Thanks for the response crazycute. I know what you are saying. For me this is so difficult though. I never intend to come across like a know it all, although I suppose that this is how I am perceived by others at times. I know I dont know everything, but I guess I feel like I need to be given credit for what I know and the skills I have. I am finding the opposite as I get older(27 now). This is something that I have dealt with since grade school. I just thought that if I were to enter a field/career where intellect and knowledge were important that I would more easily relate to others and not have to deal with dumbing myself down, like I do in most of my social circles.
    prnqday likes this.
  5. 1
    Well especially being on orientation, just like the previous poster said. It does not hurt to be humble and say thank you. It s just like nursing school; you have to fake it till you make it. Op, you may be right that the preceptor might not necessarily be 100% sure of them self, and they despise being challenge. Or it could of have been your unknown self to you that other sees. Vice versa, change and self perception and awareness can make you grow.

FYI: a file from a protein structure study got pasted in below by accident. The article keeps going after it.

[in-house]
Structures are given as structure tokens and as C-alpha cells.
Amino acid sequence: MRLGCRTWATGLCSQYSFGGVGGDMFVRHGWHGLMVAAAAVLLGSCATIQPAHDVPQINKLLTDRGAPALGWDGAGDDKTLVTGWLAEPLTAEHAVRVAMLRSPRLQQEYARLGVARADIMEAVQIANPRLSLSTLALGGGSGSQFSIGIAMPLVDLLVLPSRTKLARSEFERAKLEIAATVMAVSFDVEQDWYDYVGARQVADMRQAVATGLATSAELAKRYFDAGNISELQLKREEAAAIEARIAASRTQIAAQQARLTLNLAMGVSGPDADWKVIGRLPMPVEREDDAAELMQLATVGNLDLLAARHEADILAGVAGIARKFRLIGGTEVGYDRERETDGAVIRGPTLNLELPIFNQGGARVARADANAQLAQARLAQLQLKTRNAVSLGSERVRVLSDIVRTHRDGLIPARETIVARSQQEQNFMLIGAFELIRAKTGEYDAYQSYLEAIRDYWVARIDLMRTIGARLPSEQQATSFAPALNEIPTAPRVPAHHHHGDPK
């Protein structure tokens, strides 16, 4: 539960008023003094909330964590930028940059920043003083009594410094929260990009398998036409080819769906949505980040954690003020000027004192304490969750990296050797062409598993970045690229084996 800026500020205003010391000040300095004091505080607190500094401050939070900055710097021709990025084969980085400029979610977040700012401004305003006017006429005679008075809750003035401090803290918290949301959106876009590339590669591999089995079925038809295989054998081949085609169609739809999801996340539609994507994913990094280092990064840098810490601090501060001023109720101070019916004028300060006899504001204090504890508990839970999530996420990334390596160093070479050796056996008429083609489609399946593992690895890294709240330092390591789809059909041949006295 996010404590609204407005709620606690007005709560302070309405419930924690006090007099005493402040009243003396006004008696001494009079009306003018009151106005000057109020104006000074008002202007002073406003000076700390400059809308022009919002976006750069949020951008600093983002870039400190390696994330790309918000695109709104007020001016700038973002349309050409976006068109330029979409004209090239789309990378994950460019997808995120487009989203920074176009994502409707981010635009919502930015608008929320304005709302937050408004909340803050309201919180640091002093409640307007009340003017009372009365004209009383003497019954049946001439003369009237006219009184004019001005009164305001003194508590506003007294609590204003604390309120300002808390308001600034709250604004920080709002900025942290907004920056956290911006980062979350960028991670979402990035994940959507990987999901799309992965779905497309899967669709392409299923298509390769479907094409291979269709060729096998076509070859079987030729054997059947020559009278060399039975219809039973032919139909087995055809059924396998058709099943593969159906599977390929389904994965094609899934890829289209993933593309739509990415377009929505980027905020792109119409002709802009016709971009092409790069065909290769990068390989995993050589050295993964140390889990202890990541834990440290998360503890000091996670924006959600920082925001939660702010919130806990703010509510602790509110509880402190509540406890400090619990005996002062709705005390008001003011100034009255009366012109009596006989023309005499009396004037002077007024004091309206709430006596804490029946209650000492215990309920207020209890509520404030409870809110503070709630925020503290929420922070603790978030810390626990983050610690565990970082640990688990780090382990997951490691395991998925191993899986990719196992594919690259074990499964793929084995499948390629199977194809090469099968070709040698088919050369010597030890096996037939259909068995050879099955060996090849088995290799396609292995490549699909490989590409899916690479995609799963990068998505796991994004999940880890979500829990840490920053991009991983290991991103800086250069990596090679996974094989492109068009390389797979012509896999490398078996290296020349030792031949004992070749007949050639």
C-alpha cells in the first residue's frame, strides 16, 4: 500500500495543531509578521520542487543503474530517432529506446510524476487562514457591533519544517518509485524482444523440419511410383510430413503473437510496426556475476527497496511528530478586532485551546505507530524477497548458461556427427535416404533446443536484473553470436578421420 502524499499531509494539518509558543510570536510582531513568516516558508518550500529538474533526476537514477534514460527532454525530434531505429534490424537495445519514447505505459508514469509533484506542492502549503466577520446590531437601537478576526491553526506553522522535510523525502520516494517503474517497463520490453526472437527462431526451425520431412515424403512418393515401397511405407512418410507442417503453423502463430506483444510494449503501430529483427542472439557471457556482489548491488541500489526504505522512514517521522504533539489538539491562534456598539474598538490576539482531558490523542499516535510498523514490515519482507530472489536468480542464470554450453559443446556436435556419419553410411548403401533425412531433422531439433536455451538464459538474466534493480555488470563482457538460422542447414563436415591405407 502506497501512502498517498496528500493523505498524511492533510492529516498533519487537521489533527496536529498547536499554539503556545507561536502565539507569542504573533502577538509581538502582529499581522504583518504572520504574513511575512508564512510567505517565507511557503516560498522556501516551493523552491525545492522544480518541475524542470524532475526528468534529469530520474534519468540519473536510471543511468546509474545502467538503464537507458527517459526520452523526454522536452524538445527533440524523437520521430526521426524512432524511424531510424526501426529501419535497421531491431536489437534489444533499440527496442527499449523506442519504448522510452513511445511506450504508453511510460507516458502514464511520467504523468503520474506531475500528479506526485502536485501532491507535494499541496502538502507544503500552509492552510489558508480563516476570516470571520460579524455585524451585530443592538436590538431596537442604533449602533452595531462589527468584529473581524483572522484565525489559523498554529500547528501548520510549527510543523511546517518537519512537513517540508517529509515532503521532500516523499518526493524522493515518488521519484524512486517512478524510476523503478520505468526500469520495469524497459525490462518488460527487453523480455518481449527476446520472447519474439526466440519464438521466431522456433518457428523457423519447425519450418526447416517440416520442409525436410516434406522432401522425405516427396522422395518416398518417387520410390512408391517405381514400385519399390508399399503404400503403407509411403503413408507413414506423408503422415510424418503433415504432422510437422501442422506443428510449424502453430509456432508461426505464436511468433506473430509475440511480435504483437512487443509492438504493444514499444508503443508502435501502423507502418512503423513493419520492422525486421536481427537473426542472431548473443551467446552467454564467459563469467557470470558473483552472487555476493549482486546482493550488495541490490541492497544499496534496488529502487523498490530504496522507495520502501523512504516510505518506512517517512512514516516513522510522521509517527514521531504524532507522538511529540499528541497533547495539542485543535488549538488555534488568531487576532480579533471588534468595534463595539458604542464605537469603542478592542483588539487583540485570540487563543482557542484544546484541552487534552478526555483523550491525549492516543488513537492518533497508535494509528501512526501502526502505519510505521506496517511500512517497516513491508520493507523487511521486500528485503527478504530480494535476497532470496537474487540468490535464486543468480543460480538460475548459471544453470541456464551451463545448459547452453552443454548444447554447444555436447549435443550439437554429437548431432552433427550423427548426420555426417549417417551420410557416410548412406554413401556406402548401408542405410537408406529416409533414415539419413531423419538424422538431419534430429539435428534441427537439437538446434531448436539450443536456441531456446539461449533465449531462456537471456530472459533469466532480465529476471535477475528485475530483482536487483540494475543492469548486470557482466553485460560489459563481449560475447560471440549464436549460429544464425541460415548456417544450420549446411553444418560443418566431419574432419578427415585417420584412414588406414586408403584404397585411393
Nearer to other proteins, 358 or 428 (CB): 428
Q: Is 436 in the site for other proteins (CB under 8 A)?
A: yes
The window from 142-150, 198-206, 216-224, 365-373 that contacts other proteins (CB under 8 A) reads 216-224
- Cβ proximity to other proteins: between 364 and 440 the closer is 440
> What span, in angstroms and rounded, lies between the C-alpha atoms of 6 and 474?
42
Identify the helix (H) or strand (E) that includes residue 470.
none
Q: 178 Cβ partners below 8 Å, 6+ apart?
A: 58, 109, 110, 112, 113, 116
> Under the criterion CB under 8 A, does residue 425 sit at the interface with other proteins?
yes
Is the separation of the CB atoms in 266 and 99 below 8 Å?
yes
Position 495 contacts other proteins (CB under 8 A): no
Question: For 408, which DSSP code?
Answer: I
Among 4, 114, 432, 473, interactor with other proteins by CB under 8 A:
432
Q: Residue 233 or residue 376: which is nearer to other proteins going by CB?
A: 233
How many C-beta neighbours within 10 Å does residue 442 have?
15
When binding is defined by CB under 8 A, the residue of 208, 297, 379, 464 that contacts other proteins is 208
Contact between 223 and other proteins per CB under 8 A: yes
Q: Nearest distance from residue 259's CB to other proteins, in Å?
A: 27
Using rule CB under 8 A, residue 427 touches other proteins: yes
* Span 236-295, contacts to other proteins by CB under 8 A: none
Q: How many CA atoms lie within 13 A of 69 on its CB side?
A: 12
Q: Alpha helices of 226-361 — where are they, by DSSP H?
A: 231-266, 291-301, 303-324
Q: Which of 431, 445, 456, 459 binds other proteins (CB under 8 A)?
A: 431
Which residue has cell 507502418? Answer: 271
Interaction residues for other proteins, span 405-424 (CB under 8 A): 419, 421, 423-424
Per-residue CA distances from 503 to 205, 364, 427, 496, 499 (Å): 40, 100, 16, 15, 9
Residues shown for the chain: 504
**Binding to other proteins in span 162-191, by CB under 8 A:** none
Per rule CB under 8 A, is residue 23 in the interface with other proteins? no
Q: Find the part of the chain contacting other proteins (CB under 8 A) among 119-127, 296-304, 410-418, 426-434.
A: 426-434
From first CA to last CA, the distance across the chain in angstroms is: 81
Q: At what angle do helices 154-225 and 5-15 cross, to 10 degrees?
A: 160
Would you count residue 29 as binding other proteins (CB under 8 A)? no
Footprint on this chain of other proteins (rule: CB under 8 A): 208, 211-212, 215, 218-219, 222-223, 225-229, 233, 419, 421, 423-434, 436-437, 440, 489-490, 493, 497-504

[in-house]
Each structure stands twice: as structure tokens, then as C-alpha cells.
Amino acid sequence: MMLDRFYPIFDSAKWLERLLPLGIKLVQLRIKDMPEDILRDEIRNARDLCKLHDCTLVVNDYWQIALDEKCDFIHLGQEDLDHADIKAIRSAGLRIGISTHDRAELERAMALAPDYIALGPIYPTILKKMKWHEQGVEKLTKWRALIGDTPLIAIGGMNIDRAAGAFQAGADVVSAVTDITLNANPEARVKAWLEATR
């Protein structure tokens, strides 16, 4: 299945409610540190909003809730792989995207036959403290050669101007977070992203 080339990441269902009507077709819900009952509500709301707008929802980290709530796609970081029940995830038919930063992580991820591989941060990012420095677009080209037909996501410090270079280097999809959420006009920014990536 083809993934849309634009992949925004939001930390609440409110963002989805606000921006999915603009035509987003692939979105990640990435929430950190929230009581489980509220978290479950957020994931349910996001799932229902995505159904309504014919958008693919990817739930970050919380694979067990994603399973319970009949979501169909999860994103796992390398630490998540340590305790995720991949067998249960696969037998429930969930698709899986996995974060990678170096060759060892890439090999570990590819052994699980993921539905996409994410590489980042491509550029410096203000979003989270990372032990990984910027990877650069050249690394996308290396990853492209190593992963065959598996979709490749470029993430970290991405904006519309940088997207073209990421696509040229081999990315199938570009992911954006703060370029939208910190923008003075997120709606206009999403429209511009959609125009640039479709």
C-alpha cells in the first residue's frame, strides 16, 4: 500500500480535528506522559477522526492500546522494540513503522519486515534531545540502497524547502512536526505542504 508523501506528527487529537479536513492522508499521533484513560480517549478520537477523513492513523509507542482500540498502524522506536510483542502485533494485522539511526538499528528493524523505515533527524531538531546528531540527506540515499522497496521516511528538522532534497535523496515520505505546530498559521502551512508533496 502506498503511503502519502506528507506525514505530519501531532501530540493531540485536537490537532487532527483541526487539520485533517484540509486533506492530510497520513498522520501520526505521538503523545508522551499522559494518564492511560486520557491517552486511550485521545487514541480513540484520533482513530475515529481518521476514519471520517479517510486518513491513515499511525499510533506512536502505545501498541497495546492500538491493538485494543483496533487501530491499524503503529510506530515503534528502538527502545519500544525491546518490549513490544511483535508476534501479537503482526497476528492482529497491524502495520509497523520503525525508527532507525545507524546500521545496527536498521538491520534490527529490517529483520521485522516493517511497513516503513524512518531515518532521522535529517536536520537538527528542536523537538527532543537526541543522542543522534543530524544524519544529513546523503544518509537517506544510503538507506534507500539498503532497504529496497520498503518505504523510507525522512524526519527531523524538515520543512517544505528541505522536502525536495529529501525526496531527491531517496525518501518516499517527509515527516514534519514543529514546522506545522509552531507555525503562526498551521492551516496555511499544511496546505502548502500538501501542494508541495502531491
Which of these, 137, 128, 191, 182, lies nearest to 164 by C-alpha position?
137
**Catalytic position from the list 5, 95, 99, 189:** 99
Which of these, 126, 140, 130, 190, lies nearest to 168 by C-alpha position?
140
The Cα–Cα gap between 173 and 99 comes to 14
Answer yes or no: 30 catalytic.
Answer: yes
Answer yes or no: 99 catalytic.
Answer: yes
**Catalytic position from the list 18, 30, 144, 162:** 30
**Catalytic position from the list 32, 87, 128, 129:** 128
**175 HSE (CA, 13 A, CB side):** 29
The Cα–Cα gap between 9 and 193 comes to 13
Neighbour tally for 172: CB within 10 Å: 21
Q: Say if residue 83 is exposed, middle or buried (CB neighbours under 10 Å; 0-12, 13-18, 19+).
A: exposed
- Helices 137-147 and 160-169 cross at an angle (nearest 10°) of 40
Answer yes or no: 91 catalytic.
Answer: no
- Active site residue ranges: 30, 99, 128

prnqday likes this.
  6. 2
    just an example. I was looking up why gtt was used as the abbreviation for drops, and others around me were telling me. "Why do you care". "Who cares". "You think too much". "gtt means drops, that's it, move on." I just don't get it. I think I just live in a society that is scared of intellect and in fact looks down upon it. I mean just look our school system. What is popular and cool is the contrary.

    I am just frustrated I guess.
    anotherone and KelRN215 like this.
  7. 0
    Very wise! This is what I am looking for I guess. There are things that I need to learn that don't come out of a text book, lol.
  8. 9
    Well, they are right. You're in the ER, you have 100 other things to do before EVEN thinking about looking up what gtt means
    OCNRN63, anotherone, anime09, and 6 others like this.
  9. 1
    Quote from AndrewSRN
    Hey to the members of "allnurses", this is my first topic/post. I come to this forum as a place to vent, confide, and connect with other nurses, so hopefuly I have come to the right place.